Sunderland hospital's obesity admissions are highest in the UK
Sunderland has the highest rate of hospital admissions in the country as a result of obesity, new figures have revealed.
Statistics issued by the Health and Social Care Information Centre (HSCIC) show the city had the highest rate of hospital admissions with a primary diagnosis of obesity, and the highest rate of inpatient bariatric surgery procedures, which help with weight loss.
According to the centre’s Statistics on Obesity, Physical Activity and Diet report, in Sunderland there were 375 admissions, which works out at 135 people per 100,000 of the population who attended hospital because of obesity in 2014/2015.
The total number of hospital admissions across the country with a primary diagnosis of obesity was 9,130.
The majority of these were for female patients, with a total of 73% or 6,630 women admitted, compared to 2,500 for men.
Across the region figures also remained high for admissions, with 152 admissions in South Tyneside, which equates to 102 admissions per 100,000.
In Gateshead, there were 138 admissions – 69 admissions per 100,000 of the population. In Newcastle, there were 80 admissions, which works out as 28 admissions per 100,000 of the population.
In Durham, there were 507 admissions, which works out as 98 admissions per 100,000.
In Sunderland, the number of people having bariatric surgery procedures to help with weight loss, such as gastric bands, was 64 per 100,000 of the population, between that same period. This type of surgery also includes stomach stapling, gastric bypasses and sleeve gastrectomy.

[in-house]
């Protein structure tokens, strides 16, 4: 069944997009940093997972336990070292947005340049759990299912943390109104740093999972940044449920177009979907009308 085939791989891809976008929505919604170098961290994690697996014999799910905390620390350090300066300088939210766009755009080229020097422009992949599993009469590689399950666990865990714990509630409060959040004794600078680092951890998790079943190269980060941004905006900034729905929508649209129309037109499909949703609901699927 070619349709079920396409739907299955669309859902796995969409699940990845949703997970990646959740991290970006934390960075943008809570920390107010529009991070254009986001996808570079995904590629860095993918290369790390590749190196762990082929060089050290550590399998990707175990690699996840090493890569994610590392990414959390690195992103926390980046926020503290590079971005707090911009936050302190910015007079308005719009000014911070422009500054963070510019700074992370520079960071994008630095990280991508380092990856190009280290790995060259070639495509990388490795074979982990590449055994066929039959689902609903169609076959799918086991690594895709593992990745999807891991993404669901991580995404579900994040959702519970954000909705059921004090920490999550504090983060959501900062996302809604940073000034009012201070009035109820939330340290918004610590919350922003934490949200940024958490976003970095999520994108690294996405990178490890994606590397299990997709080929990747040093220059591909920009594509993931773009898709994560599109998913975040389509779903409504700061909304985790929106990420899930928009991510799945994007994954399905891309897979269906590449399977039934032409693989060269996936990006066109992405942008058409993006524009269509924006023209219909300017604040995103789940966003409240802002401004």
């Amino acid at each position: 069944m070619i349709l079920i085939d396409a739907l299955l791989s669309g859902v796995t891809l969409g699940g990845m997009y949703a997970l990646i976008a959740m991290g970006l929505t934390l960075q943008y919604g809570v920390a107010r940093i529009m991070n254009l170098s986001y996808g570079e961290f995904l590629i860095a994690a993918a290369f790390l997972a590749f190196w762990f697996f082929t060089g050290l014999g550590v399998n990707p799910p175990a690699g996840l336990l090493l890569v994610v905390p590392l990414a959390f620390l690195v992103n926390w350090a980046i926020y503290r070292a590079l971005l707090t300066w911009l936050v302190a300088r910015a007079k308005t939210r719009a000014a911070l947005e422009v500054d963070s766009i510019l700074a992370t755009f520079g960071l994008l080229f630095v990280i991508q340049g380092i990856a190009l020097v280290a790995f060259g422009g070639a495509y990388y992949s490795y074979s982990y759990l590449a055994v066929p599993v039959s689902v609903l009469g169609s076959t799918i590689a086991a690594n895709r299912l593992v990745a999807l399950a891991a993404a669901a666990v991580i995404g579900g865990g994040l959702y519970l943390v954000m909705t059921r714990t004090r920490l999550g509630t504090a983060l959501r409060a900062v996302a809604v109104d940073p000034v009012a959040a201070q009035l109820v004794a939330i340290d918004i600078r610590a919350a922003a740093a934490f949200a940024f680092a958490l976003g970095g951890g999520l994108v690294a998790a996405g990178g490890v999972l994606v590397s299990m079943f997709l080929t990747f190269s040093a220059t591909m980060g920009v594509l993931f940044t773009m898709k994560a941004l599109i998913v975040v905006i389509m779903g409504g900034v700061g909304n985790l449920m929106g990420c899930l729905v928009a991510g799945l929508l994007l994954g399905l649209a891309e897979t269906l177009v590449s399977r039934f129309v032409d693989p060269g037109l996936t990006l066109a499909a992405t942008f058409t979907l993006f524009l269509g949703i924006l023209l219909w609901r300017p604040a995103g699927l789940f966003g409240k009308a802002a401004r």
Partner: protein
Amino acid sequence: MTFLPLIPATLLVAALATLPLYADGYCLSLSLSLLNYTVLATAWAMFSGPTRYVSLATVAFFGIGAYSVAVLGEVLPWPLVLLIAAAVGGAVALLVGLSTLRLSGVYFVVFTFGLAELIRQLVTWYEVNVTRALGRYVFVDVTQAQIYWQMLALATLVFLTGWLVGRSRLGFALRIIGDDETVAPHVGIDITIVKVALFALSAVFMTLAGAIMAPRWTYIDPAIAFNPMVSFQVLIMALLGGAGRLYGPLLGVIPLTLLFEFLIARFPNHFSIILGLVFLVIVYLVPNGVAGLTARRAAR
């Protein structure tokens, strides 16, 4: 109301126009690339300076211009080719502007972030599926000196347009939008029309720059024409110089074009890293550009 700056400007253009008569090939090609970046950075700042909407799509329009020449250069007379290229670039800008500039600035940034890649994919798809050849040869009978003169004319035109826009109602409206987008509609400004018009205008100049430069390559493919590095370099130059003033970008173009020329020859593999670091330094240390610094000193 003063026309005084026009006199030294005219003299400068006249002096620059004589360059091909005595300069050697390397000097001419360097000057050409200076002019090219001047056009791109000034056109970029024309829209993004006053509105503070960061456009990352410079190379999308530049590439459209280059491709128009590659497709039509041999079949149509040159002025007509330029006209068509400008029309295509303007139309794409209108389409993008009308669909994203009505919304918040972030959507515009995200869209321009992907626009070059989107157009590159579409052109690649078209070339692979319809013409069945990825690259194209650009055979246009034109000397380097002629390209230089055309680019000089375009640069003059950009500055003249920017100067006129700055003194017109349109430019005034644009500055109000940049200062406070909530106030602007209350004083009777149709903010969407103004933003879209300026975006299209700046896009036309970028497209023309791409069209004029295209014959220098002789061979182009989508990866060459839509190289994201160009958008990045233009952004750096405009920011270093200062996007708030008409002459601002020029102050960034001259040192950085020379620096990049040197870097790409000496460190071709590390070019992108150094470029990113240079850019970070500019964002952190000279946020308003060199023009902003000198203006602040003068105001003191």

This type of surgery is used in the treatment of obesity for people with a BMI above 40, or for those with a BMI between 35 and 40, who have health problems such as Type 2 diabetes or heart disease.
Nationally, during 2014 to 2015, 6,030 bariatric surgery procedures were recorded, with 4,590 procedures carried out on women, compared to 1,440 for men.
This shows an increase in the amount of people who are classed as obese.
Overall, the prevalence of obesity has increased from 15% in 1993, to 26% in 2014.
Morbid obesity, one of the conditions for which bariatric surgery may be considered, has tripled since 1993 from 1% to 3%.
In 2014, almost 4% of women were considered morbidly obese compared to 2% of men. The figures come from data from the HSCIC’s Hospital Episode Statistics, as well as data from the Prescribing Unit at the HSCIC, on prescription items dispensed for treatment of obesity.